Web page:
Trees in the backyard and in your landscaping near the fence are lovely. However, trees tend to spread out, grow thick over time, and become quite enormous. As such, you should leave at least five feet between the saplings you plant and the fence itself. As the tree grows and the roots spread out, the fence is less likely to be upset by the roots or pushed out of line by the widening tree. If you accidentally planted a tree too close to the fence (or a squirrel planted a tree seed for you!) then the tree service you hire can remove the tree and replant it for you in a better location in your yard.Learn More
One of the most-used spaces in most kitchens is the pantry. Unfortunately, it’s also one of the least-planned spaces, as well. How can you design an efficient and attractive pantry? Here are 5 tips to get you started.
Avoid Long, Plain Shelves. Most people think of a pantry as a simple cabinet or walk-in space with long, basic shelving on which to place food. This, however, is a quick trip to disorganization, food waste, and frustration. Instead, try using a variety of shelf sizes and/or installing cube-shaped shelving to help you group and organize foodstuffs. An experienced cabinet company can help you brainstorm ways to maximize your shelf design.
Make it Accessible. The problem with basic shelving or drawers in a pantry is that it can allow food to get lost in the shuffle or make it hard to get to everything. Solve this problem by including slide-out cabinets and custom shelving for things like spices or other small items. Wire baskets are another good way to corral groups of food items in a way that’s easy see, to pull out, and to access.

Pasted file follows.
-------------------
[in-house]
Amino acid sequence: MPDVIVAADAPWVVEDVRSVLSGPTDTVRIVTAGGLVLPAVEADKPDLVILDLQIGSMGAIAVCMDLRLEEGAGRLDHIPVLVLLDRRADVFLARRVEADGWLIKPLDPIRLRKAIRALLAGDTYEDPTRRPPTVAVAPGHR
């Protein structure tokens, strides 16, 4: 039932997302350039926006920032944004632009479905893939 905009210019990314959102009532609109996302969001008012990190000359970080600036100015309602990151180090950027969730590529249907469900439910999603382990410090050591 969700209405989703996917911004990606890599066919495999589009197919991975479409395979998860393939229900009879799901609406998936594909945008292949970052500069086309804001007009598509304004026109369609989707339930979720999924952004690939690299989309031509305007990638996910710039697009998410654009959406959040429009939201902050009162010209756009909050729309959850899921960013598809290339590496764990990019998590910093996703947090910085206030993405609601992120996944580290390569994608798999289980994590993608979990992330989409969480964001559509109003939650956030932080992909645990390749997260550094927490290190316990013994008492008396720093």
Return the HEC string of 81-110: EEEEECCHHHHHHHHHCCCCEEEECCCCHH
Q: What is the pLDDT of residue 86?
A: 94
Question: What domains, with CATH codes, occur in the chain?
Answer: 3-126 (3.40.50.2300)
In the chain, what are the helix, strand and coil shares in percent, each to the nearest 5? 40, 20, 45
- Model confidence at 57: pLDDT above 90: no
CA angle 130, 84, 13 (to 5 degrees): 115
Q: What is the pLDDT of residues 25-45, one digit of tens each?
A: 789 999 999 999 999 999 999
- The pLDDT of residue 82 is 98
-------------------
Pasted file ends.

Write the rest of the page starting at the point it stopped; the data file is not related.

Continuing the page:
Decant Food. Taking food and liquids out of their original packaging is a good way to help organize it and prevent spoilage. Using coordinated clear containers and bottles purchased specifically to match your pantry design can make it easier to know how much is on hand, identify liquids or spices, and store more in less space.
Use all Space. Don’t let space go to waste in a small pantry. Instead, use hanging racks or attach wire shelving to the door of the pantry or to cabinet doors. Do you have a small leftover space next to shelves or walls? Tall, narrow spaces are great for storing baking sheets, racks, and cutting boards. Space above the pantry? Add a horizontal row of wine bottle holders. Work with your cabinet contractor to help utilize unusual spaces.
Keep the Food Together. Maximize kitchen efficiency by placing the pantry near the rest of the food in the kitchen — by the refrigerator. Incorporating storage for both dry and cold items into your work triangle (consisting of the sink, stove, and refrigerator) will help reduce excess steps and make cooking easier.
By applying some or all of these pantry tips when planning your kitchen remodel, you can help turn an ordinary kitchen into a cooking mecca that you will love to use every day. For more information, contact local professionals like Gerald L Scott Custom Cabinetry.Learn More
When most people think of environmental hazards that can pose a safety threat or health issue, they think of factors outside of their home. However, because most of your time is spent inside the four walls of your house, it is always best to look at the health hazards that start here, especially when it comes to your drinking water. Contaminated drinking water can be a really huge deal if it is not caught before it starts making everyone in your home sick, but recognizing the signs is not always an easy feat. Thankfully, there are a few signs which could indicate you have issues with contaminated drinking water.
Your water has an odd consistency or reaction when it comes out of the faucet. Of all of the signs of contaminated water in a residential setting, this is one that is often missed because the change can be so slight that it is hard to recognize right away. A good example is water which foams when it is distributed quickly from the faucet into a glass. If the foam sticks around for a moment, it can mean the water is contaminated with detergents which are often used to dilute sewage.